Display your kids' more aesthetically pleasing toys in open cubes to become part of the room's decor.

How to Combine a Guest Room With a Playroom

by Amanda Bell

In a home, it’s rare for one room to function for two completely opposite purposes, yet, when your children's playroom must double as a guest room when your in-laws come to visit, you end up with this exact decorating conundrum. Give up any ideas of a huge wall mural dedicated to jungle animals or fairies, as well as any notions of creating a hotel-like space. Find a balance between these two extremes; once struck, you will have a multi-functional space in which all ages feel comfortable.


In any space that children will use, safety measures are essential. Secure bookcases, tall storage and any other pieces that could potentially tip over to the wall with brackets. Paint with low-VOC products to minimize fumes and opt for easy-to-clean flooring, such as cork, hardwood or tile. Install outlet covers for younger children and keep cords and strings well out of reach. These features are easily hidden from your guests’ view, yet help to ensure the playroom is safe for kids.


Paint the combined playroom and guest room a cool shade to keep the space adult friendly and serene enough to sleep in comfortably while still providing a crisp background for your child to play. Soft gray or bright white make for versatile neutrals, while a gray-leaning blue or light green are modern choices for a guestroom as well as colorful and fun for kids. Instead of a bright accent wall, opt for sophisticated, yet interesting, wallpaper: a birch tree motif, an over-sized damask or quirky bird print can all be child appropriate when paired while being visually appealing to an adult.

Furniture Choices

Choose well-made, quality furniture throughout the room, even for items specifically meant for kids. Opt for a wooden drawing table, an oversized chair with a lamp for reading and storage units that look more like bookcases than as a place to hide toys. Choose traditional, well-made furniture that is not only durable, but can be used by your guests as well.


Incorporate a bed that’s comfortable enough for guests yet still can function as a part of the playroom on a day-to-day basis. A sleeper sofa or wooden futon are obvious choices, but they are not very comfortable. Instead, place a double-size or larger bed with the headboard and one side along a wall. With bright throw pillows in a mix of prints and patterns along the back and a thick fitted sheet on the mattress, this kind of bed works doublet-time as a deep, comfortable couch for kids. When guests arrive, get rid of the throw pillows and replace the bedding with high-quality linens and a comfortable quilt or duvet. If you lack floor space, consider a Murphy bed, which folds into the wall, as an excellent alternative.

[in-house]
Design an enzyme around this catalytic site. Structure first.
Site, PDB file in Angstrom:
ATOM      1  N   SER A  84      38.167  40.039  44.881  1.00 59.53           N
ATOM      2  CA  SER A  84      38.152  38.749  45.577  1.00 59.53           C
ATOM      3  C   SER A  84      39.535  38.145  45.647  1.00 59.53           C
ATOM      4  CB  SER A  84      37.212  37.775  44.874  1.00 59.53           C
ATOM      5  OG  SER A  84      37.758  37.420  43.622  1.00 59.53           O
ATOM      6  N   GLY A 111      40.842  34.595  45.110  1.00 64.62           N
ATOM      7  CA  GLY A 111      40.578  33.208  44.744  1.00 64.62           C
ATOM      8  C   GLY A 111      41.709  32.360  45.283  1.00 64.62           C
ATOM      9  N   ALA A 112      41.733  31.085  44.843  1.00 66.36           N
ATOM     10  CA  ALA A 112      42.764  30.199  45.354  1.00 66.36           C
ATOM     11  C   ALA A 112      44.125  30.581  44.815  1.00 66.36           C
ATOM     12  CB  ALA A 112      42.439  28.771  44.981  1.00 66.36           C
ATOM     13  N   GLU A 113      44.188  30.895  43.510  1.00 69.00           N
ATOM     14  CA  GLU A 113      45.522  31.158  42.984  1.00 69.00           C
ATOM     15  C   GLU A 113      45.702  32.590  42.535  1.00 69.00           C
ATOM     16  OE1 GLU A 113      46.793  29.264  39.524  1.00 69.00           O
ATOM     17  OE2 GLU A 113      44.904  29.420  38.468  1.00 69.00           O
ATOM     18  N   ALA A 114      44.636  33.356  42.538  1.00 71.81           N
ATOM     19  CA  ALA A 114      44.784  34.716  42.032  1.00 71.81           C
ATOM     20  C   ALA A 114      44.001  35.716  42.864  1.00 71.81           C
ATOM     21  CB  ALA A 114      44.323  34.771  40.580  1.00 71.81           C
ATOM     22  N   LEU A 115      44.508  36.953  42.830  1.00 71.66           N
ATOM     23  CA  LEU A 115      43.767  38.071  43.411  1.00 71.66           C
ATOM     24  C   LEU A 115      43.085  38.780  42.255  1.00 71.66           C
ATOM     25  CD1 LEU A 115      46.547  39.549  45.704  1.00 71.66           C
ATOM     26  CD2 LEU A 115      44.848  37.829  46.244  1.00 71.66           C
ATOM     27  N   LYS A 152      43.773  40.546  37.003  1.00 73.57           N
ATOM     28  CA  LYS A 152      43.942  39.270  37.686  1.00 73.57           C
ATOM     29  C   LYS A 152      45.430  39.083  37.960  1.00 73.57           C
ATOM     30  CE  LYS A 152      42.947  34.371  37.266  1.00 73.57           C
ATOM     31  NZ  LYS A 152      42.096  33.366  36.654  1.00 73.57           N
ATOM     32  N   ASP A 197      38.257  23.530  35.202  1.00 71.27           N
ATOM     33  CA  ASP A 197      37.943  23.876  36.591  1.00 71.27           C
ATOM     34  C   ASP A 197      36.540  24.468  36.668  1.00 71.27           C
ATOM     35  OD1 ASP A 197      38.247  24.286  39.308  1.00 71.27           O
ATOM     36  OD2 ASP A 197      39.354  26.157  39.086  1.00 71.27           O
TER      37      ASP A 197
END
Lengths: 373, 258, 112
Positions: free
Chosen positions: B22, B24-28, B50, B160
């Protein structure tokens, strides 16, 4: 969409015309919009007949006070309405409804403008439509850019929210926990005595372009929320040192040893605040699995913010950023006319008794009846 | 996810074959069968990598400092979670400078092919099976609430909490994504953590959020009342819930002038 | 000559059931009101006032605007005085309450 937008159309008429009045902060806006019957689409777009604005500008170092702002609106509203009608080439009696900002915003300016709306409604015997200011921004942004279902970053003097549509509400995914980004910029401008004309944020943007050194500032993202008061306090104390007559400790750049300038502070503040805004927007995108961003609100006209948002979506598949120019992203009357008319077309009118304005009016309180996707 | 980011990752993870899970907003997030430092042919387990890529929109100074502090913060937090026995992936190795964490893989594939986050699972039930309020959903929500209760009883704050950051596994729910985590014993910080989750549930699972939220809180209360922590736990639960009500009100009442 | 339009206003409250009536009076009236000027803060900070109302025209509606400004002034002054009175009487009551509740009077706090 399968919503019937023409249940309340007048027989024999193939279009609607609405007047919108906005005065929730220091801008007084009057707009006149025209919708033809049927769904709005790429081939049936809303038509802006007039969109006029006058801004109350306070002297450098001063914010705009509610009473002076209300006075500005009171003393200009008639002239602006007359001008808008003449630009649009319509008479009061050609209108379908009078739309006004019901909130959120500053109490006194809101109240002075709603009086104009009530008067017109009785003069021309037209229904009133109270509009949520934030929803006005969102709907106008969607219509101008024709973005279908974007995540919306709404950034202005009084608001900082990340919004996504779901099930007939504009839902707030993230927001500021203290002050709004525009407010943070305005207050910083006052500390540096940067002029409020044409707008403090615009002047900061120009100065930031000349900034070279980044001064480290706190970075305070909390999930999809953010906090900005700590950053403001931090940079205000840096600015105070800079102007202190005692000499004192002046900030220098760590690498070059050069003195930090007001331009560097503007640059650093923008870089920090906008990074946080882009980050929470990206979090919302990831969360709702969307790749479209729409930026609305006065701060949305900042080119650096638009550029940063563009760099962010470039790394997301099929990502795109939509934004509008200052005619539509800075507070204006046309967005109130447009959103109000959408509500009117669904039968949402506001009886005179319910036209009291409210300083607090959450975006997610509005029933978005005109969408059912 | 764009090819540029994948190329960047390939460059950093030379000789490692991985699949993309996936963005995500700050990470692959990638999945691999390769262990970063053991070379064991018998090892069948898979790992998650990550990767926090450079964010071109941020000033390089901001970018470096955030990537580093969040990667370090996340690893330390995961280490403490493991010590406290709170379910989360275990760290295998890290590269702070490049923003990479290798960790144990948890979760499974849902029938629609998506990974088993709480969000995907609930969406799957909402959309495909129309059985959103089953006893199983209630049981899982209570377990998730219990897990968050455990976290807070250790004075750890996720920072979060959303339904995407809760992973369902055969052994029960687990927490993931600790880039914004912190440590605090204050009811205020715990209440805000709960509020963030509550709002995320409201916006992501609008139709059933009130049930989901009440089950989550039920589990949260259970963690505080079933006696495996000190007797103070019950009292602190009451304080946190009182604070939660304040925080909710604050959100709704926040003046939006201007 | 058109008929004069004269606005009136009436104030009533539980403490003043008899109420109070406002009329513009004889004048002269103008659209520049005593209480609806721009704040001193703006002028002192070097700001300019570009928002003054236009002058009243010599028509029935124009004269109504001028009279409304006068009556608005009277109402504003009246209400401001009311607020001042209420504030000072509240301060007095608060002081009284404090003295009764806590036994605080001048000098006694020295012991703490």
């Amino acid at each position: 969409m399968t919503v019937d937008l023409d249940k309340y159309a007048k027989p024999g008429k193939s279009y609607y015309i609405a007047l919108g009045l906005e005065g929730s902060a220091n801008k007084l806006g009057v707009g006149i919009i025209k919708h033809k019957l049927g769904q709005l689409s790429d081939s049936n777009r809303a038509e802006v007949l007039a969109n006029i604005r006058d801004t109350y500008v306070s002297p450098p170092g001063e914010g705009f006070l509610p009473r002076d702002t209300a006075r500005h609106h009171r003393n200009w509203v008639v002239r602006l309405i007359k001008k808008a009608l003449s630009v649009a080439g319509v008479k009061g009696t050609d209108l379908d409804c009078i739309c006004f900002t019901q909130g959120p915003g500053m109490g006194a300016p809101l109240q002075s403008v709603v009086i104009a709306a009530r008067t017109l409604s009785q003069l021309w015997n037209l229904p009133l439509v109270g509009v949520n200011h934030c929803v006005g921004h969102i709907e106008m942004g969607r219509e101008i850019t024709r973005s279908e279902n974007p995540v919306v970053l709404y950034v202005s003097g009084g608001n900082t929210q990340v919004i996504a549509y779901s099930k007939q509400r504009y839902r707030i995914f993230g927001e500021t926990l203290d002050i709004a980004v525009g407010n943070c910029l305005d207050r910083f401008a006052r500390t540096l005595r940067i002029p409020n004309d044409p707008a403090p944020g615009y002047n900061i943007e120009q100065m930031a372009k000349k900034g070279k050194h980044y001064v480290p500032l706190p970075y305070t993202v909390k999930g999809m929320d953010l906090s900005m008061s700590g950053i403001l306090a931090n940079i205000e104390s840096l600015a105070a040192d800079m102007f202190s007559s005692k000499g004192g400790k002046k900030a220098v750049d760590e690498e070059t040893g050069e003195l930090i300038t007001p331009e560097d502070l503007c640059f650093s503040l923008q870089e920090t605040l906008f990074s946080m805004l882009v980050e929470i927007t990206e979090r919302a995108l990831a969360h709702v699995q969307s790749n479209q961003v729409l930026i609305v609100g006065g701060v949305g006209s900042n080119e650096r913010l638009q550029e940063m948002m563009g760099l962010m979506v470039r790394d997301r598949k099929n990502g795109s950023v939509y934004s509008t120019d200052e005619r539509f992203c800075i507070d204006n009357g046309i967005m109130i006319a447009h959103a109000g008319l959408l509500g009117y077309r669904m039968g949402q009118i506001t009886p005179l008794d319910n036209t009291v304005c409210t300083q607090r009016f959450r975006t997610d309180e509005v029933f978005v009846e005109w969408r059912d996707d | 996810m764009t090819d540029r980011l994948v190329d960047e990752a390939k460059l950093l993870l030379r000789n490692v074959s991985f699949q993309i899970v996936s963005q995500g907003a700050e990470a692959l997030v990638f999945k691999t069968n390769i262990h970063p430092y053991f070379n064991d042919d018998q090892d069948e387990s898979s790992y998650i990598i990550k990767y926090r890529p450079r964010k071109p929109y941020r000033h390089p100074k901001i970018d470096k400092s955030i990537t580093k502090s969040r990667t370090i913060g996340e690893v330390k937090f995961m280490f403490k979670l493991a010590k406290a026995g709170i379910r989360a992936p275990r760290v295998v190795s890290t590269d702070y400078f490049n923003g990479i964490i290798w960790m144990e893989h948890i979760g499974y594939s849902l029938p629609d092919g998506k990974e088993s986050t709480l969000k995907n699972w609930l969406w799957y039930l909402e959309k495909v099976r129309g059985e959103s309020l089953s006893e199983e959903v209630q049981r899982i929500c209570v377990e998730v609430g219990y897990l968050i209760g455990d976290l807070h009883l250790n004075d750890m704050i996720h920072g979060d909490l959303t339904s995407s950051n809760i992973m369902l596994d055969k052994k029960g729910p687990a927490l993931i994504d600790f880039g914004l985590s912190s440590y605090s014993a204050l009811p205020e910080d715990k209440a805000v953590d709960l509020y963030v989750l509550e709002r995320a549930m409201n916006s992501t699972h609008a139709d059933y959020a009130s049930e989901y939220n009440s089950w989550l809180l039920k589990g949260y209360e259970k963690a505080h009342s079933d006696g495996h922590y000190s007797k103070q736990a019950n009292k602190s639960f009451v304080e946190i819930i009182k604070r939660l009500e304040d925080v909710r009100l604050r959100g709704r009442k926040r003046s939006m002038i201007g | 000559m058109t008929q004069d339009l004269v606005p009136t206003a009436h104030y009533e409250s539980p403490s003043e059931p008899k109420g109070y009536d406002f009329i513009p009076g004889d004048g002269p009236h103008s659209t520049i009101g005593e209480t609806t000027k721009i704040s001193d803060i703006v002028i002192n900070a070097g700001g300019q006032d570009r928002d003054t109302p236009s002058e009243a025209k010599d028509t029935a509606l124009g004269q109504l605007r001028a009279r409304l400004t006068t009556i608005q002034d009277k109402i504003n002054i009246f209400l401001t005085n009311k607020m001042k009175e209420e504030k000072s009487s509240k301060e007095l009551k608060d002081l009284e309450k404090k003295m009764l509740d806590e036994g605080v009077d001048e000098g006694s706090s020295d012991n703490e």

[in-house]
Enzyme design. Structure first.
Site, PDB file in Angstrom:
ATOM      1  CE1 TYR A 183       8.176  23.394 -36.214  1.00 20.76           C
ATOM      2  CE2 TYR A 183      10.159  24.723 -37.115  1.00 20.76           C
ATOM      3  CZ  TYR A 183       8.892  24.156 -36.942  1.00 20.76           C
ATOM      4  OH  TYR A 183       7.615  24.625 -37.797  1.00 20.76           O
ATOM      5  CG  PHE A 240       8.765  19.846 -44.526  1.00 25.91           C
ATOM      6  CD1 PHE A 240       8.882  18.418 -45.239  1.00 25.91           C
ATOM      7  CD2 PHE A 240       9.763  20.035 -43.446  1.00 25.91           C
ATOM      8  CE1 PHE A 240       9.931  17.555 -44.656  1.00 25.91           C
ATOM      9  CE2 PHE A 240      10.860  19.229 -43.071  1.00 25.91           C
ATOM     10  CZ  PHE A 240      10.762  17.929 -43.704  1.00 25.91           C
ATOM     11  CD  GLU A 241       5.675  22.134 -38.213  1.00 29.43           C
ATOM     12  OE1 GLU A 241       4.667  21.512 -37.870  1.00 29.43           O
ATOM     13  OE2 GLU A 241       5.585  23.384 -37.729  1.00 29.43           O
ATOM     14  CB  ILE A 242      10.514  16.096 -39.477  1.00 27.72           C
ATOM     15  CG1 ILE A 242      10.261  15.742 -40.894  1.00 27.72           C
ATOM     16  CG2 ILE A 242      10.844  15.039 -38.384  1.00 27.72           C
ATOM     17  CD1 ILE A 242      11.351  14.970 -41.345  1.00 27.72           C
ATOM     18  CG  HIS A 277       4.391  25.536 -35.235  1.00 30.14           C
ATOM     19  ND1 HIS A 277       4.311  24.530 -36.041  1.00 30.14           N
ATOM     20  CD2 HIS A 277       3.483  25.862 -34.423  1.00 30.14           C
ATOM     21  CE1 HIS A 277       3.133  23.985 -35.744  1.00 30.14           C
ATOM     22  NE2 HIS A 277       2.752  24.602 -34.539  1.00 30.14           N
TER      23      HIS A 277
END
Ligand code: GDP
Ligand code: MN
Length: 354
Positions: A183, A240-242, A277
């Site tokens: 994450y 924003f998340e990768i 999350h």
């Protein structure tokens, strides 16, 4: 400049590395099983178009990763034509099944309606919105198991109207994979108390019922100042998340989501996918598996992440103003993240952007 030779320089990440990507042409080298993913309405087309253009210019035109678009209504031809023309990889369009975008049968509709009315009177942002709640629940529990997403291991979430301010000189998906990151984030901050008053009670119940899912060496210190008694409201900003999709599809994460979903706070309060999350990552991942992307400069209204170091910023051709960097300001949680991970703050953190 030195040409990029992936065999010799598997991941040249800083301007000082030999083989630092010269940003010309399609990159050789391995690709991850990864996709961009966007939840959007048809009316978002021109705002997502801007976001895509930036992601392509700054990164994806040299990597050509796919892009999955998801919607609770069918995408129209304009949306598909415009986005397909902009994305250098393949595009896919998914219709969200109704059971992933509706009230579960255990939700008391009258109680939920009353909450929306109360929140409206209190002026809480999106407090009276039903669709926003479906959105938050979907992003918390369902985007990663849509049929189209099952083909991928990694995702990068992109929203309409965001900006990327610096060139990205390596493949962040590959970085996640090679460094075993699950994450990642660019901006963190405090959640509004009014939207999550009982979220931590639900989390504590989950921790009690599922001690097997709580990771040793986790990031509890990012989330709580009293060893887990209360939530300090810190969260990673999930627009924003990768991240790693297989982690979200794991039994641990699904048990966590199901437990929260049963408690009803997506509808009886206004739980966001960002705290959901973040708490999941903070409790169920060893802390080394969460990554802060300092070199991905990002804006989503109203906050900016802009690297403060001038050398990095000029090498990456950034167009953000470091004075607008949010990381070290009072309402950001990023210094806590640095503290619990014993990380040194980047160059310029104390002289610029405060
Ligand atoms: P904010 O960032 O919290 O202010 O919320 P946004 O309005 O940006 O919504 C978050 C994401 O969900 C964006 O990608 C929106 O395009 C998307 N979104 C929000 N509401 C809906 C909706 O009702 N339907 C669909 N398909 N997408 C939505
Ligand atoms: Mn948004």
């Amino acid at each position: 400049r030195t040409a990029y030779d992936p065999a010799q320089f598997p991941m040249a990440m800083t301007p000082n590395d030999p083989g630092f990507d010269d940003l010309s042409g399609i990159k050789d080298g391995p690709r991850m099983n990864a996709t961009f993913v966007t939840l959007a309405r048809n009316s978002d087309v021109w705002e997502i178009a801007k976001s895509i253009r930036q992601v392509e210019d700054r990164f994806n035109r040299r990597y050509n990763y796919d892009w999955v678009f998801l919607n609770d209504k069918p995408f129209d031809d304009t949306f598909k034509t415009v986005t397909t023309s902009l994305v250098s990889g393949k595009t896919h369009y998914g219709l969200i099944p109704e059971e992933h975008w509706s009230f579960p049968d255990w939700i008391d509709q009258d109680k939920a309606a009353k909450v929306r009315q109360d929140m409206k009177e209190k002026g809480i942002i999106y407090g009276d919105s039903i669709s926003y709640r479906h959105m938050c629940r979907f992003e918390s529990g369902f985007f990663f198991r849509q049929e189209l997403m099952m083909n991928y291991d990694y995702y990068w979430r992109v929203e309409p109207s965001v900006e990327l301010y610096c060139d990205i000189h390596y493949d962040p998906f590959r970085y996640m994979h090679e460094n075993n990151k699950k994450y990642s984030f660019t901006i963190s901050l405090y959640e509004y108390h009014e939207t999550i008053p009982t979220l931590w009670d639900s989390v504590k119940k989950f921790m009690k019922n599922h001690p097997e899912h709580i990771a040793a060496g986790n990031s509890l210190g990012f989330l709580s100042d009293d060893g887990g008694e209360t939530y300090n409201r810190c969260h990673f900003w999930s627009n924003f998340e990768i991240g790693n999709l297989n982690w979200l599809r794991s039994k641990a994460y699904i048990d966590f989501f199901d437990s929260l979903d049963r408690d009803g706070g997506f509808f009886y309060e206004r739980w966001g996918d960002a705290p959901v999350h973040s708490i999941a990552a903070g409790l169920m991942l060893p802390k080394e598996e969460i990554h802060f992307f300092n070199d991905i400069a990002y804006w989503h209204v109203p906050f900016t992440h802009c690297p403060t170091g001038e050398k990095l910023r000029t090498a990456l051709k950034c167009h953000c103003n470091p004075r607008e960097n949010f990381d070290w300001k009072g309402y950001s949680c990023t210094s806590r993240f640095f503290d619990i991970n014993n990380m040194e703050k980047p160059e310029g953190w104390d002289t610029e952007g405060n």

Well-planned storage is essential in any playroom, but you don't have to hide the kids' toys. Instead, display books, board games and puzzles on shelves and bookcases, and tuck bulky plastic toys and tiny building blocks or figurines in cabinets and bins to reduce clutter and keep the space open and airy. A floor-to-ceiling built-in system with various shelves, cubes, doors and drawers provides many options and adds architectural interest to the room. Outfit the shelves with solid or printed baskets or bins to add color and make collecting toys during cleanup easier. For guests, designate at least one two-drawer dresser or bedside table for clothes or personal items during their stay. Having a separate space helps guests keep items separate from the children’s, and prevents your having to empty drawers filled with toys to make room.


The right accessories liven up the space for kids without overwhelming guests. Go for quirky, somewhat-kid-friendly pieces of artwork such as a black-and-white print or watercolor canvas of your child’s favorite character. Choose classic movie posters or framed pieces of your kids’ creations. Avoid overly childish pieces, such as a candy-colored unicorn, or family photos, as more than one or two near the main play space may make your guests uncomfortable. To dress up the decor a bit, frame everything in quality wood or metal frames. Place a lamp on the bedside table or dresser and a floor lamp near an overstuffed chair to allow for enough lighting. Choose pieces with colorful or interesting shades or overall shape; for example, opt for a table lamp with the shade a brighter, more saturated version of the color on the walls. Install layered window treatments, with an interior sheer panel or shade and thicker, light-control panels that allow for plenty of light to play by during the day and privacy for guests at night.

About the Author

Amanda Bell spent six years working as an interior designer and project coordinator before becoming a professional writer in 2010. She has published thousands of articles for various websites and clients, specializing in home renovation, DIY projects, gardening and travel. Bell studied English composition and literature at the University of Boston and the University of Maryland.

Photo Credits

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